Interview: Rosalie Schweiker
Charlie Levine: Sluice__ aims to highlight artist led and independent galleries and practices and wants to be a platform to showcase a certain part of the art world that audiences might not understand or know how to access in innovative and unique ways. It's about working in partnership and collating ideas and then presenting them creatively. How do you think your work and its ethos also fit into this mould of working and creating alternative ways of presenting ideas?
Rosalie Schweiker: I understand where your question is coming from, but I also feel it's important to break up these binaries of alternative >< mainstream, publicly funded › ‹ independent, shared >< single authorship. From what I've learnt in the last 10 years working as an artist, we're always in a confusing mix of all of these concepts. A so-called artist led gallery can be imitating commercial structures and therefore be as bad & boring as a blue chip gallery, while a general audience often doesn't have the same irrational pressure to "understand art" than a professional audience.
CL: And how do you play with these boundaries in your work?
RS: I guess I do a lot of different things and I rarely explain what it is I'm doing - my friend Maria Guggenbichler has very aptly described this strategy as "not only talking truth to power, but talking nonsense to power." So I think a bit of confusion is always welcome. But then, somehow I also have to pay my rent, so I'm saying yes to projects that have very clear agendas, like a community love-in funded by ACE. These projects are the most frustrating ones, because they are so super clear about what they want to achieve, by when and how. So maybe the answer to your question is: If I can afford it, I play with the boundaries. If I can't, I'll at least try to sneak in some joyful moments of anarchy.
CL: What do you feel we achieve / lack by trying to give the arts boundaries and labels? It is a constant conversation in the Sluice__ team about keeping our definition open ended so that we can flow freely into different activity without feeling weighed down by conforming to a title or type of work.
RS: Time is limited, so we're all constantly putting things in boxes, we need labels, we need those catchy little lines like "my work explores relaxation as a form of institutional critique..." Because you need to fix people's gaze somehow. I actually think its important to have a good catch line, also because if you don't have one people will make one up for you. Having said that, I still don't feel I have found the one, I only get given labels that are borderline insults, like "a female version of Jeremy Deller" or "funny and unpolished." Maybe the best thing would be to have a reputation for never fitting into any boundaries or labels, my friend San Keller has mastered this very well, he's his own category. And also Maria Guggenbichler again, she's a good example of how to do it: Together with Amal Ahaag she has been running side room in Amsterdam for over a year and it does have none of the usual promo or framing of an artist’s space. There's no sexy website, there is no catch line, no reviews - there's just a total commitment to a group of people who enjoy hanging out, organising brilliant events and being a support for each other. It's got a fixed set of values, an attitude, yet it's not weighed down by conforming to a title or type of work.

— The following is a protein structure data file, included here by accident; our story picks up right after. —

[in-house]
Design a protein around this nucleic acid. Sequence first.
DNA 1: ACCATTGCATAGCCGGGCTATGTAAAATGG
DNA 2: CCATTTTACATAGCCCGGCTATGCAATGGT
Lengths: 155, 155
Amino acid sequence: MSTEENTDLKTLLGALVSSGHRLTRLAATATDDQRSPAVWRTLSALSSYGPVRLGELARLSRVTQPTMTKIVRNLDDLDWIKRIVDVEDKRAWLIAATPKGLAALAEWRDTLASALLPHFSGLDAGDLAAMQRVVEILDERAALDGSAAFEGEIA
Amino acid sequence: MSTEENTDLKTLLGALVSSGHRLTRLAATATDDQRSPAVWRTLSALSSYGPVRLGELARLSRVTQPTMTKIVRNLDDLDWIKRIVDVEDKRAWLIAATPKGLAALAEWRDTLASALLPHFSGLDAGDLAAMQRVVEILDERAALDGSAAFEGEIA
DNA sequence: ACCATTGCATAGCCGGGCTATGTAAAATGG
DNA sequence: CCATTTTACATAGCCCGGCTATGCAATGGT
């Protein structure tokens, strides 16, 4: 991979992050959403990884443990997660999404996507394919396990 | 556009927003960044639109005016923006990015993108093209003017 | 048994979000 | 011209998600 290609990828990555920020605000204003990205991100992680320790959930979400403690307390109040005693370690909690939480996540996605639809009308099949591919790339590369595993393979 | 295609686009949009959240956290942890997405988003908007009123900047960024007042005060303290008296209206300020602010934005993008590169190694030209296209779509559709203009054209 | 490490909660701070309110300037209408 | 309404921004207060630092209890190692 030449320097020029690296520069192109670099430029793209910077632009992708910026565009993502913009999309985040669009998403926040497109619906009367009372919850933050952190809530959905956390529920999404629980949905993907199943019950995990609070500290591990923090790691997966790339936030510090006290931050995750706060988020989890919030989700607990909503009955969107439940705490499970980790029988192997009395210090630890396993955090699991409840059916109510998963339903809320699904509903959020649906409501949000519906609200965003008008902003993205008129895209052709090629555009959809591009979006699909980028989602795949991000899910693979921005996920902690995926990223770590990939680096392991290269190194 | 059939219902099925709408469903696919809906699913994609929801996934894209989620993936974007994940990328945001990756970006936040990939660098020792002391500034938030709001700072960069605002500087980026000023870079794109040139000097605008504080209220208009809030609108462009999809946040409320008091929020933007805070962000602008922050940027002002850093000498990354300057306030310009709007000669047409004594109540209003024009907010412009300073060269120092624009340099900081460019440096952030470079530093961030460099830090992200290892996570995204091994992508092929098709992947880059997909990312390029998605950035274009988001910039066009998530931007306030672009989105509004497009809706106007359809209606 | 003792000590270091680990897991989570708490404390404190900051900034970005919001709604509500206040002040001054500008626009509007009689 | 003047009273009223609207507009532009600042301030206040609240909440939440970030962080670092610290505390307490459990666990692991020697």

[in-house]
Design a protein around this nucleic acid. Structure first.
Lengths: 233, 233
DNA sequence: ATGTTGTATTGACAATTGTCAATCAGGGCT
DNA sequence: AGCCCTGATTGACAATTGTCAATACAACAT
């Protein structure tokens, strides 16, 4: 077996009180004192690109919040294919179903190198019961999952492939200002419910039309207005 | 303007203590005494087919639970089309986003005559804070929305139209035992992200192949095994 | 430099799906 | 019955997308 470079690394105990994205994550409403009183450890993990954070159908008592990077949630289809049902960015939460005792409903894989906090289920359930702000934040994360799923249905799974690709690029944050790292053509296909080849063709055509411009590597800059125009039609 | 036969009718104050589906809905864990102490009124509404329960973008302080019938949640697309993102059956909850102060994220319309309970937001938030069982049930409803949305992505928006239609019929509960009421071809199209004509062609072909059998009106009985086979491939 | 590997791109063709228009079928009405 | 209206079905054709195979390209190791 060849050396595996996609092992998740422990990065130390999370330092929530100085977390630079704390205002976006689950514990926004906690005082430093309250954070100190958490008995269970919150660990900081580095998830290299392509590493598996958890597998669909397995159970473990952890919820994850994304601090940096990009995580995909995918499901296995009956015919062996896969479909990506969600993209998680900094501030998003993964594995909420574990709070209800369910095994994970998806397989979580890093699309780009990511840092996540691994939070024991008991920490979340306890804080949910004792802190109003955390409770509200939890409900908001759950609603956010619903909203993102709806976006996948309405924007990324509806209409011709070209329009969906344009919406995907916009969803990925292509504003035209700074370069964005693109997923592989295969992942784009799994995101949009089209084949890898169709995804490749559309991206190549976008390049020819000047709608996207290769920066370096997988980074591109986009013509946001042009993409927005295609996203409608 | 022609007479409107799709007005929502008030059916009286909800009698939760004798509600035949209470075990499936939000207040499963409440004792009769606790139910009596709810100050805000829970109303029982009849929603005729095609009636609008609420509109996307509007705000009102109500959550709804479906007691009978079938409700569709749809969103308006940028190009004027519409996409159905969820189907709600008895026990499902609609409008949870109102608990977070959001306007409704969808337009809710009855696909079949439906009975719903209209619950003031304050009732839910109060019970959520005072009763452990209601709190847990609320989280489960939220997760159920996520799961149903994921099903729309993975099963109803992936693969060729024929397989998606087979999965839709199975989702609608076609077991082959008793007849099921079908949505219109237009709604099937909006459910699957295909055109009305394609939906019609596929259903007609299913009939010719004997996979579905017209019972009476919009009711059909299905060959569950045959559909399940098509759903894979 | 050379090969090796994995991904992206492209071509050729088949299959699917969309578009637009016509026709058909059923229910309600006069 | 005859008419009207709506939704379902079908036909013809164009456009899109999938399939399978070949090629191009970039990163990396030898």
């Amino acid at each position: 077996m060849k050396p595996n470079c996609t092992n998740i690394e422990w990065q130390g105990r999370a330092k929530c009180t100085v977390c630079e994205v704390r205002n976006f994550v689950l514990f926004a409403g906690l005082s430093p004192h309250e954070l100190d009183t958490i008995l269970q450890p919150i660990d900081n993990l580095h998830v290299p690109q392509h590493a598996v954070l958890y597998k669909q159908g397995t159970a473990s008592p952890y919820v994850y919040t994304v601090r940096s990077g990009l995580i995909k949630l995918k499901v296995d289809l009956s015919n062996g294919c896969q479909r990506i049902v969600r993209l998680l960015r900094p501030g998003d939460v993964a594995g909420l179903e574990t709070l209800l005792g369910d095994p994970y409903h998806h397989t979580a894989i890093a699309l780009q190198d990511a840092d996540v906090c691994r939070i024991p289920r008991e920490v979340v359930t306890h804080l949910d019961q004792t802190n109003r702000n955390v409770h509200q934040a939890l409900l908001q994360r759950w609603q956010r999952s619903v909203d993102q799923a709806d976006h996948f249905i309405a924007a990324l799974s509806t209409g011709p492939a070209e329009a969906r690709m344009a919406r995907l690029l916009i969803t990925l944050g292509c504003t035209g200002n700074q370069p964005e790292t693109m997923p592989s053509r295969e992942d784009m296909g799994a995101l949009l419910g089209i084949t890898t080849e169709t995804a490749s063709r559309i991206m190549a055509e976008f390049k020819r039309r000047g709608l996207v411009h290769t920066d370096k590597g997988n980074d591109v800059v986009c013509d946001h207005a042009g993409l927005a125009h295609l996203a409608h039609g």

CL: I totally understand that need and want to be surrounded by a group of people who want to hang out, talk about what's happening in the world or each other's practices and to find space to explore and experiment, and not be tied down to a 'type.' How has this approach benefited your practice, and/or how does having these conversations influence your outcomes?
RS: Well, I think nobody does art on their own. I'm definitely constantly influenced by other people like my mum, Helge Schneider, Lubaina Himid, Jo Waterhouse, Jamila Johnson-Small, Alexandrina Hemsley, Annie Whiles, Ana Laura Lopez de la Torre, Eva Weinmayr, Open Barbers, see red women's workshop, Kate Walker, Jenny Moore, Kathrin Böhm, Althea Greenan, Bridget Christie, Ain Bailey, Doris Stauffer, Marianne Wex, Nina Power, Assembly SE8, Romy Rüegger, Andrea Francke, Kaisa Lassinaro, Alicja Rogalska, the Flat Time House Institute, Karen di Franco, W.A.G.E, the simpsons, Rachael House, Madeleine Amsler, StopKillingCyclists, Gillian Wylde, Guy Lochhead, Mhairi Black, Marina Kampka, Augustiner Brauerei, AND publishing, Margherita Huntley, Juliane Schickedanz, The m/other voices project, Hannah Clayden, Mario D'Agostino, HoferOppliger, theyarehere, the British cactus and succulents society, Sarah Jury, Anna McCarthy, the people's assembly against austerity, Mirjam Bayerdörfer, Rebecca Fortnum, Temporary Services, Augsburger Puppenkiste, Louise Shelley, my dad, Astrid Lindgren, xmarksthebokship, the Electric Cafe in Tulse Hill, Malmö Free University for Women, Tamsin Clark, Annie Sprinkle, Georg Klüvner-Pfandtner, black lives matter, Aufbaugilde Heilbronn, The Feminist Library, Leonie Cronin - what all these people are doing is very important for me and I'd like my work to be a conversation with their work.
CL: What is next for you? And what is next for the art world as a whole - in terms of partnership working and being open to possibilities?
RS: Ah, that's a trick question! Because there is never a "next" in art. Art is an ongoing loop not a staircase.
Rosalie Schweiker is currently working with Spacex in Exeter on a project called 'Some ideas for a new art institution', the project runs from 6 August to 13 September.